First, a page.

Lighting Guides Cree Through Financial Gloom
LED pioneer Cree has bucked the trend currently dragging the world through recession by increasing its sales and profits for the last three months of 2008.
Although its $147.6 million quarterly revenues were enhanced by $5.6 million in one-off patent licensing fees, underlying product sales were still 1.3 percent higher than the previous quarter.
Products for general illumination propelled Cree's continued sales growth, and helped the company boost its profits to $10.7 million, up from $5.9 million sequentially. $4.4 million of that figure came directly from deals to license GaN substrate technology to Mitusbishi Chemical and LED chip patents to Bridgelux.
The patent windfall combined with higher utilization levels and product yields at the company s Durham, North Carolina, and Huizhou, China, facilities to drive the overall income leap.
Now Cree expects sales and consequently utilization to fall as Asian packagers close for the Chinese New Year, but says that its order pattern is in line with the previous year. Meanwhile, increased supplies of LEDs in the market are having an inevitable effect on the price that customers are prepared to pay.
Nevertheless, chief executive officer Chuck Swoboda expects efficiency drives and increased sales of more lucrative products to offset this.
“We re having to meet more aggressive price requests from our customers," he said. “Through product mix and yield we've been able to offset it, and this quarter [price pressure will] have less of an effect on us than others."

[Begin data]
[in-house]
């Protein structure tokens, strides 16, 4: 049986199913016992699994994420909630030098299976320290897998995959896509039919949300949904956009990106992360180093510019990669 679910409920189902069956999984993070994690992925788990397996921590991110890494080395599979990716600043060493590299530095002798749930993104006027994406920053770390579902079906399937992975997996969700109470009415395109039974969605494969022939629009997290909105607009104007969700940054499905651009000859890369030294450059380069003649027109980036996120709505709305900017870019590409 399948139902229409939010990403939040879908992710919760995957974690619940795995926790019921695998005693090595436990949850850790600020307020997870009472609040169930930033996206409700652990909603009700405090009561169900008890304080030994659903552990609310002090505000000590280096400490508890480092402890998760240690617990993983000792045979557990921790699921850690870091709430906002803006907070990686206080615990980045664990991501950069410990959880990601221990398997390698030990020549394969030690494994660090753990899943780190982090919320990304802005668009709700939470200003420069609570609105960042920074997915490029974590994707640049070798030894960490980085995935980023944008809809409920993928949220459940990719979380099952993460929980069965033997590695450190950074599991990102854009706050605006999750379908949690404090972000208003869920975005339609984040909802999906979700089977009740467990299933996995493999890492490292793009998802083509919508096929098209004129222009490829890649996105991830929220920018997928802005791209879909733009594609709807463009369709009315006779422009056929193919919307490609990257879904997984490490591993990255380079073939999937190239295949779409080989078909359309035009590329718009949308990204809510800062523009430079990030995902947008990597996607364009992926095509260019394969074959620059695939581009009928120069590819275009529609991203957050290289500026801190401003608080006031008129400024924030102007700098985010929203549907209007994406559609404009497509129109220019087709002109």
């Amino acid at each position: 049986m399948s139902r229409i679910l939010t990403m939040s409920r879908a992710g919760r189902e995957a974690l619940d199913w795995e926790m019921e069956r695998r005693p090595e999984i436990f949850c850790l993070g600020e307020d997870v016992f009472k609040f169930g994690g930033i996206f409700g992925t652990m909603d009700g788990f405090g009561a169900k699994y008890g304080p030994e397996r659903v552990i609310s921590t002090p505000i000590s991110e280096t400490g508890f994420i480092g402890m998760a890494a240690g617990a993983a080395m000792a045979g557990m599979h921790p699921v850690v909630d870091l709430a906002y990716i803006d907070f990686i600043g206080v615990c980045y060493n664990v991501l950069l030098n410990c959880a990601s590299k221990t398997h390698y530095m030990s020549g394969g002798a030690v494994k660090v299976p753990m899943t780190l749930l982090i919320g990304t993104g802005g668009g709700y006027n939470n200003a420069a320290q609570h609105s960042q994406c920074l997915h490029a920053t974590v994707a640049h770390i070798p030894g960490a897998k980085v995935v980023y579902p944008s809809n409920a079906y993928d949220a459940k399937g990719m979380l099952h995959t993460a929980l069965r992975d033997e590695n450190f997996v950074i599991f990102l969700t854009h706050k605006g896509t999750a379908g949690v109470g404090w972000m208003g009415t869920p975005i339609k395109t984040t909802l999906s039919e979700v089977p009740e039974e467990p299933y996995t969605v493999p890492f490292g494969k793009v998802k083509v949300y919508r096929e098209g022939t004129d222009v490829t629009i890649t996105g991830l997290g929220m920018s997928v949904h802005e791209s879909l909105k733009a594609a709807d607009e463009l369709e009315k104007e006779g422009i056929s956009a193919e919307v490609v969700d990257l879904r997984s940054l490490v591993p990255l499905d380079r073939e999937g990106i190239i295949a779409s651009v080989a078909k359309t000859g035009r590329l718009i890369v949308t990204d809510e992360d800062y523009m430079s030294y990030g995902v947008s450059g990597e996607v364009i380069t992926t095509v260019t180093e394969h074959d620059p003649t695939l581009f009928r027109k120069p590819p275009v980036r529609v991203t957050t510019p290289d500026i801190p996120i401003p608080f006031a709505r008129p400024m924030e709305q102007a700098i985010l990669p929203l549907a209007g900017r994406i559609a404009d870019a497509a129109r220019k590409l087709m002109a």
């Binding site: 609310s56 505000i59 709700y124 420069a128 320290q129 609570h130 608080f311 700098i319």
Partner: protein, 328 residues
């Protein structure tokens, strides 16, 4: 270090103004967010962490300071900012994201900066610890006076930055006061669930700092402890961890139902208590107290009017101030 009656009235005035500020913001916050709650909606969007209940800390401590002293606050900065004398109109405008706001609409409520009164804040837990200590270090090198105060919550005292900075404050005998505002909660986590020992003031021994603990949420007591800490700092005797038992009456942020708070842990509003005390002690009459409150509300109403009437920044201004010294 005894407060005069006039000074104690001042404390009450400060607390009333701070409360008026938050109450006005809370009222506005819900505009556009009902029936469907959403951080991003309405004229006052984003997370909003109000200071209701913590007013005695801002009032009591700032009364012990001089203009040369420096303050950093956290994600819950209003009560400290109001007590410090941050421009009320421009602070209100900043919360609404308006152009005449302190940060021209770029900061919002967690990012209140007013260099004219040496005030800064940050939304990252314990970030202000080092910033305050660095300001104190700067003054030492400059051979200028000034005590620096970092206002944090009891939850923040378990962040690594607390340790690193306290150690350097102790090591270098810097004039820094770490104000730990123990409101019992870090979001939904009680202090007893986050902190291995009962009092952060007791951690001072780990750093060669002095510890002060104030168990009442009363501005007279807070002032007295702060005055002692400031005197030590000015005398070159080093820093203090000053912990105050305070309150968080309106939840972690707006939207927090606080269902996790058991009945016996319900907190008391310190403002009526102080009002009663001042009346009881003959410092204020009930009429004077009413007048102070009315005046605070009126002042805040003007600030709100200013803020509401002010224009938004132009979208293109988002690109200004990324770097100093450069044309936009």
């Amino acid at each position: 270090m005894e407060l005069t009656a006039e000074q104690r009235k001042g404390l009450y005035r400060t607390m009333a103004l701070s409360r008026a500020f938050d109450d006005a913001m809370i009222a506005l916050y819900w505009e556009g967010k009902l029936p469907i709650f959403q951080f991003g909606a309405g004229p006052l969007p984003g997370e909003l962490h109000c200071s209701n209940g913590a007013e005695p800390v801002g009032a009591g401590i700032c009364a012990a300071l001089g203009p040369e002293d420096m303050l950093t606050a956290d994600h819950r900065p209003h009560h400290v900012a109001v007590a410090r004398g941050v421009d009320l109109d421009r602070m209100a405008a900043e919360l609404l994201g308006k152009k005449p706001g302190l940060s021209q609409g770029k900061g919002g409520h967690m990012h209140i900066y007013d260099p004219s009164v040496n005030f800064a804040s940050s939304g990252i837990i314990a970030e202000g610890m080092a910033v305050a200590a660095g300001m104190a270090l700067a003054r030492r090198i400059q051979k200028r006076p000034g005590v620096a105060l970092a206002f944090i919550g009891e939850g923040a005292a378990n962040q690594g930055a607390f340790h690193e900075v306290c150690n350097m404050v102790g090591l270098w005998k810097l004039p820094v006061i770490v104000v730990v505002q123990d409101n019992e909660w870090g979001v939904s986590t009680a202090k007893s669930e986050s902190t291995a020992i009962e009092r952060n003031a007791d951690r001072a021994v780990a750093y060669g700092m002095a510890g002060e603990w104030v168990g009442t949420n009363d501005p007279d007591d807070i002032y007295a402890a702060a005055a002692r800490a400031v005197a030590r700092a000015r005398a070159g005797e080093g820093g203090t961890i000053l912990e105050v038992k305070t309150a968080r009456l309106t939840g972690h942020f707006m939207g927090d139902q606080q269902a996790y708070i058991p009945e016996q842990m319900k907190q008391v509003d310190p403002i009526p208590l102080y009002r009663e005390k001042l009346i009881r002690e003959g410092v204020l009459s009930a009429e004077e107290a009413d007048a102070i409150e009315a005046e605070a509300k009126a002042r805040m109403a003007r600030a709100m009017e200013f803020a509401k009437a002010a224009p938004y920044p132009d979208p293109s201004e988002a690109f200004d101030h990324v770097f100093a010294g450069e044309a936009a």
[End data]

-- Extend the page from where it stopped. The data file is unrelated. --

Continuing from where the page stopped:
Cree s product mix change includes continued double-digit growth in sales of its high-power XLamp LED component lines, which now boast above-company average profit margins.
Lighting fixture revenues are growing at a similar rate, although they are currently less than $10 million overall and are currently dragging down profit margins.
However Cree expects to enhance these product lines financial performance as their manufacturing processes mature, while installations at the US Federal Reserve and Pentagon raise their profile.
“The Pentagon raised a lot of eyebrows, not just because it was 4,200 fixtures and it was an entire wing," said Swoboda.
He emphasized that although the initial deployment might be seen by some as expensive, money saved in energy efficiency over current installed lighting would rapidly compensate. “They re talking about less than four-year payback."
Swoboda expects a small amount of shipments for the Pentagon deal to begin in the current quarter.
XLamps and lighting fixtures have offset single-digit falls in sales of LED chips and high-brightness components caused by lower demand in automotive applications and cellphones. Revenue from Schottky diodes and government contracts also fell.
Products for illumination also helped balance research into Cree s next-generation LEDs, which turned out to be more expensive in the December quarter than had been anticipated.
For the three months to March Cree is expecting revenues to fall below $135 million, but is still targeting a profitable quarter.